Bolton invited Kopko to attend a Chekhov workshop she was giving for actor friends from New York, and afterward they decided together that they would restart White Heron Theatre Company in a new, actor-friendly location: Nantucket.
Renting theater space from Dreamland Theater for the 2013 summer season, they were able to purchase one of the few unbuilt pieces of land in the historic district, the former site of Denby Real Estate, from the Ranney family. For the next few years, as they initiated a $4 million fundraising campaign and planned the construction of their new theater, they performed in a tent on the property. Scrambling to set up their temporary quarters, they purchased the tent in Connecticut and outfitted it with theater chairs from New Orleans they located on eBay. Kopko and White Heron board member Grant Sanders flew to New Orleans, rented a truck, and returned to Nantucket with the chairs and tent, where they were greeted by a surprise delegation of a dozen volunteers who helped them unload the stuff.
Construction of the building began in 2015 and was completed just this summer, with a temporary certificate of occupancy being granted on July 25, mere hours before White Heron’s big summer fundraiser with Olympia Dukakis.
“We wanted to create a sense of open space,” Kopko said as he stopped at a landing partway up the stairs to the balcony section of the performance area. The design of the building is modeled after a maritime warehouse, in a kind of architectural reference to the nearby Whaling Museum, he added.
The stunning new building is a performance space and much more.
Bolton and Kopko estimate that the total cost of the building is about $5.5 million. The costs were inflated not only by the ambitious design, but also by the strict safety codes in Massachusetts for theaters and by the high level of groundwater at the site, which necessitated a sophisticated engineering system utilizing “as much cement as Giants Stadium,” Kopko said drily.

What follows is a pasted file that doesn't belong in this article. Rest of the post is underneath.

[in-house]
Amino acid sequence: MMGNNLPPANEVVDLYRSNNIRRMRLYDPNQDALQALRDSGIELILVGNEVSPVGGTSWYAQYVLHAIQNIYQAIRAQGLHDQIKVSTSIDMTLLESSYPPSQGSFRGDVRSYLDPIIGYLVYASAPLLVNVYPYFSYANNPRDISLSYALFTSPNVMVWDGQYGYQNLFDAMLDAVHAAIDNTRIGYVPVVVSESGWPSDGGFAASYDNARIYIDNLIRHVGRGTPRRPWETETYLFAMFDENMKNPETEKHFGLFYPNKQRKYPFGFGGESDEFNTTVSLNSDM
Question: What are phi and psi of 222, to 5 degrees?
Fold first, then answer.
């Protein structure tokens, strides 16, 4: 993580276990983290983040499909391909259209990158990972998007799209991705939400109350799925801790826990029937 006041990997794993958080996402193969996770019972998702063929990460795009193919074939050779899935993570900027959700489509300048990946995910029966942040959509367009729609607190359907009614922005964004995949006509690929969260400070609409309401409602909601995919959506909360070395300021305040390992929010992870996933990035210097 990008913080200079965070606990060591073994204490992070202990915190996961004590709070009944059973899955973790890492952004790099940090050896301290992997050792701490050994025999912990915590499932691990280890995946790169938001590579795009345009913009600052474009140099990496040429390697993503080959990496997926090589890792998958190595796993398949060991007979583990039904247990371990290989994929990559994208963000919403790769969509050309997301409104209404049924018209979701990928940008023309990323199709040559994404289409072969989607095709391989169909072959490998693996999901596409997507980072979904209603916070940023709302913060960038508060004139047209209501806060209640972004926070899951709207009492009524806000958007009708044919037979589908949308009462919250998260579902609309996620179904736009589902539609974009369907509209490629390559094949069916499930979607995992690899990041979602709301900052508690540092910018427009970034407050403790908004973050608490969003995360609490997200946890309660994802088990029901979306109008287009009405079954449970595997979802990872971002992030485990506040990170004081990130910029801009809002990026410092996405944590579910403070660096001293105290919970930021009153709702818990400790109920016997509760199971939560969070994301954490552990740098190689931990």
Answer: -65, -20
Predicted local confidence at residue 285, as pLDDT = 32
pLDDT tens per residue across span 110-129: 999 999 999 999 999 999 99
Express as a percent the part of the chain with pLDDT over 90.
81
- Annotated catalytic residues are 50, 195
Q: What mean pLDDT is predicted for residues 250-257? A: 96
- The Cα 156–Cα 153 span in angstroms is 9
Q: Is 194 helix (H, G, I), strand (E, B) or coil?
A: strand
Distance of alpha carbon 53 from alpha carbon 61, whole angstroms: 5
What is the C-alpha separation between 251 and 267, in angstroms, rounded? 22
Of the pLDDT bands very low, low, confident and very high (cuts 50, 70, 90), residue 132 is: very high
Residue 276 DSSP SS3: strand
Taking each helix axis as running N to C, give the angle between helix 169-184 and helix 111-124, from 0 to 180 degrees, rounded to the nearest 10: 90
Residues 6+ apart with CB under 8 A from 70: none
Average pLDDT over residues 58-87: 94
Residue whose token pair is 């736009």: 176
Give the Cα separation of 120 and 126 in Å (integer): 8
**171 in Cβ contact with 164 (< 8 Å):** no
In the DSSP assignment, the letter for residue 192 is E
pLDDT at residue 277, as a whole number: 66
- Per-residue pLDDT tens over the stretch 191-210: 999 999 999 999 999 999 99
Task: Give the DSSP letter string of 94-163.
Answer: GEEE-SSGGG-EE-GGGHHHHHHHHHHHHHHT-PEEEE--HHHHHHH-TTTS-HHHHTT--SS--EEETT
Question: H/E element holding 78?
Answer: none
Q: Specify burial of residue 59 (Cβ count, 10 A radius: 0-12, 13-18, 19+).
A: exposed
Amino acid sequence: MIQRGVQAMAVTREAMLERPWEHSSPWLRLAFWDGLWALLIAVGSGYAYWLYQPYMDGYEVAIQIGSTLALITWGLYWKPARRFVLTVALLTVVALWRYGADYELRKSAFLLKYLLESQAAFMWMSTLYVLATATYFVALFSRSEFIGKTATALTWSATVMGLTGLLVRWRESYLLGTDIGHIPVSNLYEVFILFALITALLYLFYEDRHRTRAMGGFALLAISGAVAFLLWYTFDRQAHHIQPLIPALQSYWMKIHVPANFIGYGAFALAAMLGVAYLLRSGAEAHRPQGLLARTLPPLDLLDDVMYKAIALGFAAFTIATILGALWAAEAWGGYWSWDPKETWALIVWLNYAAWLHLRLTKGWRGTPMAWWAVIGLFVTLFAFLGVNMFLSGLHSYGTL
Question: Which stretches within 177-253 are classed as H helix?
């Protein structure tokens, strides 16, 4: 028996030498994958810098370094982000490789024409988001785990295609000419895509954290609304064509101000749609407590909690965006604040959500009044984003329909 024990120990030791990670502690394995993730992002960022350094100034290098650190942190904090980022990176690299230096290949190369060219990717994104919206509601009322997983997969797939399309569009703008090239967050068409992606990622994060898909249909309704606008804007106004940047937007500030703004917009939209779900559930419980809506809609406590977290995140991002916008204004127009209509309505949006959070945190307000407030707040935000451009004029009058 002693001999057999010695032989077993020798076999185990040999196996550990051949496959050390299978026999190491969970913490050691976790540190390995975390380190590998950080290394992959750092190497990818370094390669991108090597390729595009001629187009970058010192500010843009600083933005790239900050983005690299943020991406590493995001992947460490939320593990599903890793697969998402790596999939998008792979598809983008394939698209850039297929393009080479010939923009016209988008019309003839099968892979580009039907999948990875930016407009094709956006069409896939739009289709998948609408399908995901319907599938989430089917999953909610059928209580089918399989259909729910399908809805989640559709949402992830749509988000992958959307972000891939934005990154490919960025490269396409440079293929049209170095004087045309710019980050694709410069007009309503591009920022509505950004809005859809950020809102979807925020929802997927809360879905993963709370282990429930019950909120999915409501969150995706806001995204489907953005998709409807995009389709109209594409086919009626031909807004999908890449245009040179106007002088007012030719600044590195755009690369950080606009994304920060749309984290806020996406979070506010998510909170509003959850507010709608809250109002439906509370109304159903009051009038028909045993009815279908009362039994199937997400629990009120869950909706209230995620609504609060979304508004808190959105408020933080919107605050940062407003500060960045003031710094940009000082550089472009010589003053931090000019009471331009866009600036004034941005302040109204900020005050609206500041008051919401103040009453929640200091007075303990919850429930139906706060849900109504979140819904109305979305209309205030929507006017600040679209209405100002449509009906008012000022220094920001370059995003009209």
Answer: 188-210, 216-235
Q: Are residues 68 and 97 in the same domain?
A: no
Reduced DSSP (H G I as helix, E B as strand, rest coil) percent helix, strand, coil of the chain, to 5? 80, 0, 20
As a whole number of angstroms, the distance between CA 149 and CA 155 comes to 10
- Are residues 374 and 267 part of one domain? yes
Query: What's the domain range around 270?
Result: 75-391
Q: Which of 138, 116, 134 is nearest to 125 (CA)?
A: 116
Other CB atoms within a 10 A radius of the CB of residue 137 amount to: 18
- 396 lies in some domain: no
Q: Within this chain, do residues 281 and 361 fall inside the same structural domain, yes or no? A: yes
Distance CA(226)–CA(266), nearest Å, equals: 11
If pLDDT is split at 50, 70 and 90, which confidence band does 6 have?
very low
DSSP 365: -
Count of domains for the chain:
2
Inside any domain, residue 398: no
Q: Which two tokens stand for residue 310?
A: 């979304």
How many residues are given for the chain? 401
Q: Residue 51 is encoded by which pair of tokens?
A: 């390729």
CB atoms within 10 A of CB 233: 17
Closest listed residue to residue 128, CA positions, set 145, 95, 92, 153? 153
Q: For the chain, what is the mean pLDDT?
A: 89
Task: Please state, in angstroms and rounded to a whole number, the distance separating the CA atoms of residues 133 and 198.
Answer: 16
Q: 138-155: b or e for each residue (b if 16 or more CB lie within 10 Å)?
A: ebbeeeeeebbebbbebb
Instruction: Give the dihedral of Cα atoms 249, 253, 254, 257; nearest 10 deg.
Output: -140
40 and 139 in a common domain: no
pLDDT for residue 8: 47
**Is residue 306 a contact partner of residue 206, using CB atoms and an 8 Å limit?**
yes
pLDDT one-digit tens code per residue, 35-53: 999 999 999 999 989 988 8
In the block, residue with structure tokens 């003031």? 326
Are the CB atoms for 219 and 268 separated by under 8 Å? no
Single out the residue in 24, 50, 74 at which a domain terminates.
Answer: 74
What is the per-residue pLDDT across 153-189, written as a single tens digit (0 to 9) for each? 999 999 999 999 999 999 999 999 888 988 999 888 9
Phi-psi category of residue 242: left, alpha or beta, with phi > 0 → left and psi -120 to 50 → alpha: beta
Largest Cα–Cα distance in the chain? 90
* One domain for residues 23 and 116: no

Designed by Andrew Kotchen of Workshop/APD, the 160-seat theater is small enough for an intimate feel yet large enough to satisfy all the many technical needs of a production: many rows of bars for stage lighting, a graceful crossover space behind the stage, video monitors for actors who are offstage, a control booth behind the balcony, and one hidden gem: Directly below the stage, in the basement, is a rehearsal space that exactly matches the performance space above it.
The building is equipped to handle the huge amounts of electricity needed to produce plays: 1,000 amps of three-phase power.
Theater-goers enter the building from the attractive, sheltered courtyard off North Water Street and step into a spacious, airy lobby. An elevator (to be completed this November) will eventually shuttle from the cellar up to the balcony. For now, a graceful set of stairs is the main entry to the seating area.
Above one corner of the lobby is an office area where the behind-the-scenes work will be carried out: planning and running a season, fundraising for capital expenses and operating expenses, and the many other daily tasks of keeping a theater afloat. Finish details – built-in work spaces and cabinets – still await completion. By late July, Kopko estimated that the building was 80 percent complete.